In Iran, Bitcoin miners are excluded from the power grid. The state wants to avoid energy bottlenecks, which could otherwise even lead to failures.
Iran Shuts Off Power to 118 Crypto Miners
There are currently 118 licensed crypto miners in Iran. As of today, the authorities will turn off the electricity to these companies, as an increase in energy demand is expected.
Mostafa Rajabi Mashhadi, spokesman for the Iranian energy industry, shared this message on the country’s own television, according to a report by Bloomberg. At the same time, he warned of power outages that could occur despite this measure.
The shutdowns will be targeted from June 22, as an increased power consumption of 63,000 megawatts is expected from this week. Last year, a sharp increase in consumption led to a shortage of supplies.
Drought and Bitcoin Miners strain Energy Supply in Iran
During the summer months, there is repeated enormous drought in Iran. Less water reaches the dams of the country and thus the electricity production in the hydropower plants decreases.
Parviz Mohammadnejad, a member of the Iranian Energy Committee, expects a deficit of 14,000 megawatts this year. As a result, he suspects, there will be regular power outages.
Bitcoin farms in particular are known for their large electricity consumption and are therefore the focus of the authorities. In Iran, energy demand rises to its highest levels in the summer, while energy production decreases.
However, not only Bitcoin farms, but also other crypto mining centers are affected by the shutdowns.
Bitcoin as a climate killer? Banks up to 56 times as energy hungry
Bitcoin is known as a climate killer, but is it really? Banks are up to 56 times as hungry for energy. Lightning makes BTC even more effective.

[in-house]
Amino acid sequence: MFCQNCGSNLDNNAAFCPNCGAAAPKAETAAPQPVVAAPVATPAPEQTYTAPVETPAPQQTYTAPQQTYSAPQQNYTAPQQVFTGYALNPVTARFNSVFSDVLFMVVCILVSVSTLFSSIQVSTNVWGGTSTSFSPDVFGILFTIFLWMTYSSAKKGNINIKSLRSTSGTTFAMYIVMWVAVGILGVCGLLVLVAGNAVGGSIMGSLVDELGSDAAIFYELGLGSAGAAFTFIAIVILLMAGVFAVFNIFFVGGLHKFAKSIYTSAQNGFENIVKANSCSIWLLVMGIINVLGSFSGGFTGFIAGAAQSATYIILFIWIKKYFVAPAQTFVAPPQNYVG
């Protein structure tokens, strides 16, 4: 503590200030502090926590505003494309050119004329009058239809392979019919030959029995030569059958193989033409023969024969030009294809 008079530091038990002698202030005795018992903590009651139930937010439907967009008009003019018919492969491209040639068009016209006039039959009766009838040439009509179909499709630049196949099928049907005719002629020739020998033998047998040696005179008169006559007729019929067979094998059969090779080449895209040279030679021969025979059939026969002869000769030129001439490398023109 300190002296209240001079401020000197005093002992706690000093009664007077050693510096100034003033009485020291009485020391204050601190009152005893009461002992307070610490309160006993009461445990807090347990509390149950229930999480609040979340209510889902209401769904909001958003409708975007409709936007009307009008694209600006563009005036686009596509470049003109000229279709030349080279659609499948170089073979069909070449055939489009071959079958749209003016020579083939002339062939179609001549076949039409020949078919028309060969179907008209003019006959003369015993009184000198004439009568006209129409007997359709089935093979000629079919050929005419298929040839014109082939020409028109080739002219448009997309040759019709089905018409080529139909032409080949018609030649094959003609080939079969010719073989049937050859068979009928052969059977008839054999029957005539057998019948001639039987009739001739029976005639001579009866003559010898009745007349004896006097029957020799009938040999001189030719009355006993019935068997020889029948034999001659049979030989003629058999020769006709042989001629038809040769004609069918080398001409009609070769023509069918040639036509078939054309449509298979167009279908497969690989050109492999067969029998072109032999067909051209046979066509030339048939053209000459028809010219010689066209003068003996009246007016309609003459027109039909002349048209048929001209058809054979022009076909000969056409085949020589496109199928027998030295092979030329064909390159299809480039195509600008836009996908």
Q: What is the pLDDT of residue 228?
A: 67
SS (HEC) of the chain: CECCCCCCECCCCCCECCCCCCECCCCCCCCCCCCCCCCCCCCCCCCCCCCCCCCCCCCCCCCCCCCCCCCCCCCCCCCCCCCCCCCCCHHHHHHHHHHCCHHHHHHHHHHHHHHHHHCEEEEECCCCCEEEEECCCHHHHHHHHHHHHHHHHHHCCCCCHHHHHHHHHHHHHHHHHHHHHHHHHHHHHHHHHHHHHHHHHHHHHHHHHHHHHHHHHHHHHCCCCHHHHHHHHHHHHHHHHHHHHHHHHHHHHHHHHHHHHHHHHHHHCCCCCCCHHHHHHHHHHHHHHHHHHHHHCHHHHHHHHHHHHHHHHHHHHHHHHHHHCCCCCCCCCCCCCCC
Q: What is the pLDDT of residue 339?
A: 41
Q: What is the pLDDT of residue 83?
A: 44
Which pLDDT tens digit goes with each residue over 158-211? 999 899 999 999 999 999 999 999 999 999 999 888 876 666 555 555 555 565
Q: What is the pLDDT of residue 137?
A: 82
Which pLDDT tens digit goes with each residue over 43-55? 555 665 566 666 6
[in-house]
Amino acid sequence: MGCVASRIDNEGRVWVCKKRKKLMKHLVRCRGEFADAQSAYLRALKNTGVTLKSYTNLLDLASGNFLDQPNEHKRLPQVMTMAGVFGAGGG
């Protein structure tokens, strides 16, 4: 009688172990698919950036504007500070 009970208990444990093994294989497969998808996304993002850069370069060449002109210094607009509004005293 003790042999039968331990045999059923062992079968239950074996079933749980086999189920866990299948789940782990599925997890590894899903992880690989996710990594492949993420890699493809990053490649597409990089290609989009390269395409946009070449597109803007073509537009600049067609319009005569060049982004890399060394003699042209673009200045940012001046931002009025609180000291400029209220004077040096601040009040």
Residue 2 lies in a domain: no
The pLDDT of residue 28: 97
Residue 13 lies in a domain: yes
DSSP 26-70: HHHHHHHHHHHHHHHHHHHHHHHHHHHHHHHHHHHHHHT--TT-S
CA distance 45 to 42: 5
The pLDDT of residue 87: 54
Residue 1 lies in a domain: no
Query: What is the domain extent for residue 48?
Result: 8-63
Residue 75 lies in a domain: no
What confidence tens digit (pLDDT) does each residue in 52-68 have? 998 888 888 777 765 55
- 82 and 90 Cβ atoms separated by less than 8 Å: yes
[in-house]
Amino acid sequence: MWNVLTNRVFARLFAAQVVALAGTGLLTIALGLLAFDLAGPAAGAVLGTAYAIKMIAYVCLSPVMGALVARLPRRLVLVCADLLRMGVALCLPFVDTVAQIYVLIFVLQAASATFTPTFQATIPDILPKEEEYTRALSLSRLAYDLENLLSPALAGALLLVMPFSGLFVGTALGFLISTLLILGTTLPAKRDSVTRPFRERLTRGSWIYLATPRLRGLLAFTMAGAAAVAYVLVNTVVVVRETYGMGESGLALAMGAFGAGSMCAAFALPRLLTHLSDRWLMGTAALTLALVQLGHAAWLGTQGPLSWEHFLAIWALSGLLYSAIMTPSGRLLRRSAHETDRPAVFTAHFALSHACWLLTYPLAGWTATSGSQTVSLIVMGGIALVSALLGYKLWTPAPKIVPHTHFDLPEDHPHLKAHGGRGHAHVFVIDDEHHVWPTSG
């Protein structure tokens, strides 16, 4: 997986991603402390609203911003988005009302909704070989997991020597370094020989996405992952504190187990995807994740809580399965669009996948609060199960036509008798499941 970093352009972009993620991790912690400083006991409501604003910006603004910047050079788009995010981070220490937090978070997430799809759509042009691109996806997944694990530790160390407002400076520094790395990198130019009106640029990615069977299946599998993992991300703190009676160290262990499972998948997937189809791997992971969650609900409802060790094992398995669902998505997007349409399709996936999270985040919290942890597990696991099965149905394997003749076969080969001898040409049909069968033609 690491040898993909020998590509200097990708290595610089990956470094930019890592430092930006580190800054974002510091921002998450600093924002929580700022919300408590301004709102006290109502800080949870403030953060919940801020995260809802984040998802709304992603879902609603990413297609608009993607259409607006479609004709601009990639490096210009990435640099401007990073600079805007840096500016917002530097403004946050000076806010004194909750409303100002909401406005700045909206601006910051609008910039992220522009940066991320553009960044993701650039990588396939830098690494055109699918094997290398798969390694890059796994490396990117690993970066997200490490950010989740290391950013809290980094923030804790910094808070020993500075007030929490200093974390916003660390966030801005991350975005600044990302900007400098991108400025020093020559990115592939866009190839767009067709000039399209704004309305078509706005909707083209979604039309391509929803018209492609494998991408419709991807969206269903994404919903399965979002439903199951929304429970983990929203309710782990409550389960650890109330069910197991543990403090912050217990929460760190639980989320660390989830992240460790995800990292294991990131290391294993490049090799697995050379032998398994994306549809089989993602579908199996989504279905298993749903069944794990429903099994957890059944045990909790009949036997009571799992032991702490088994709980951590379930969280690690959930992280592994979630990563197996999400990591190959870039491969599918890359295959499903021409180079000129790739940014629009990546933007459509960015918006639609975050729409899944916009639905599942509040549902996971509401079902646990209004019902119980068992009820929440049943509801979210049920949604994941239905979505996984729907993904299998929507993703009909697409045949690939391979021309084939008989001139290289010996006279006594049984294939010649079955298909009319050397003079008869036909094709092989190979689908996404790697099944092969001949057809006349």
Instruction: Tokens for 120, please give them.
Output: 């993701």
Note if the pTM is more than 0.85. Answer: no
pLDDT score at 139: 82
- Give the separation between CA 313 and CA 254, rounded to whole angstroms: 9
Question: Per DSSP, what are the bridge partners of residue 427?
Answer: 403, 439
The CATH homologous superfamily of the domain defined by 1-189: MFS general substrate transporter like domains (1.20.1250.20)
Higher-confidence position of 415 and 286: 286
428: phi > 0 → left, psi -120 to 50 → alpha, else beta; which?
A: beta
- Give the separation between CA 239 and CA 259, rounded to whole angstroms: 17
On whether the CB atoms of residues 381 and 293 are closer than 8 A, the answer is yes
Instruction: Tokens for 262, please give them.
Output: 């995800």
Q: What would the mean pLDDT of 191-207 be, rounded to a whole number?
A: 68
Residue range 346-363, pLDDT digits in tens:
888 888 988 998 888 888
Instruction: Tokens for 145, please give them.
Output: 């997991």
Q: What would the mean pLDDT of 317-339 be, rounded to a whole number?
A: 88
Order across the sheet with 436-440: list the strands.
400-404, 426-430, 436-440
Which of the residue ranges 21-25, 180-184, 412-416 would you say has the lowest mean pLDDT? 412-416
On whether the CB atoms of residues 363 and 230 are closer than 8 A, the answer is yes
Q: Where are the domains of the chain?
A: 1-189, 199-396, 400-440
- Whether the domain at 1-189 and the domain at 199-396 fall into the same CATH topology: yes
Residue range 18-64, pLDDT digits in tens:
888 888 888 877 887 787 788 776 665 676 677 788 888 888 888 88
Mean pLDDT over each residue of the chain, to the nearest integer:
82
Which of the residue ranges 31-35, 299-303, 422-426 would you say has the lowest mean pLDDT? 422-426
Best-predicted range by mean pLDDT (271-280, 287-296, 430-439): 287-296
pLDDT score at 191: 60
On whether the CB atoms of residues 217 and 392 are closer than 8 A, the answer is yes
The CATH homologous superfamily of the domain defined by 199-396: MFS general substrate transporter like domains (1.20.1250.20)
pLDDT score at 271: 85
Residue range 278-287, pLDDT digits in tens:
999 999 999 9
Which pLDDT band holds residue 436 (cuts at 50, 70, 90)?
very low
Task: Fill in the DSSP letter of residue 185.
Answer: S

Iran’s ambivalent relationship to Bitcoin and Co.
As late as 2020, there were over 1,000 licensed crypto miners in Iran, as well as countless illegal operations. This number has apparently shrunk significantly. In January 2021, the share of Iranian miners in the Bitcoin network was 4.1 percent.
Meanwhile, this figure has shrunk to only 0.1 percent, as the University of Cambridge notes. Initially, cheap electricity made the country attractive as a location. In particular, the lack of stability and government intervention reduced its attractiveness.
Already in 2021, Iran cut off the electricity of crypto miners twice. The last exclusion ended only on March 6. Almost three months later, the licensed companies are shut off the electricity again.
The authorities apparently found illegal miners effectively. By June 2021, Iran had seized 7,000 ASICs.
On the other hand, cryptocurrencies are recognized as an opportunity in Iran. The country is heavily marked by US sanctions. Bitcoin and Co. want to mitigate the effects of the sanctions.
Even Iran’s central bank participates in crypto trading. Miners are obliged to sell their earnings directly to them.
Government agencies then use BTC directly as a means of payment and thus settle the bills of imported goods.
Private individuals are prohibited from holding “large amounts” of cryptos in Iran. Use as a means of payment is also prohibited in the private sector.
In our exchange comparison you will find the best 15 providers to buy cryptocurrencies such as Bitcoin easily and safely.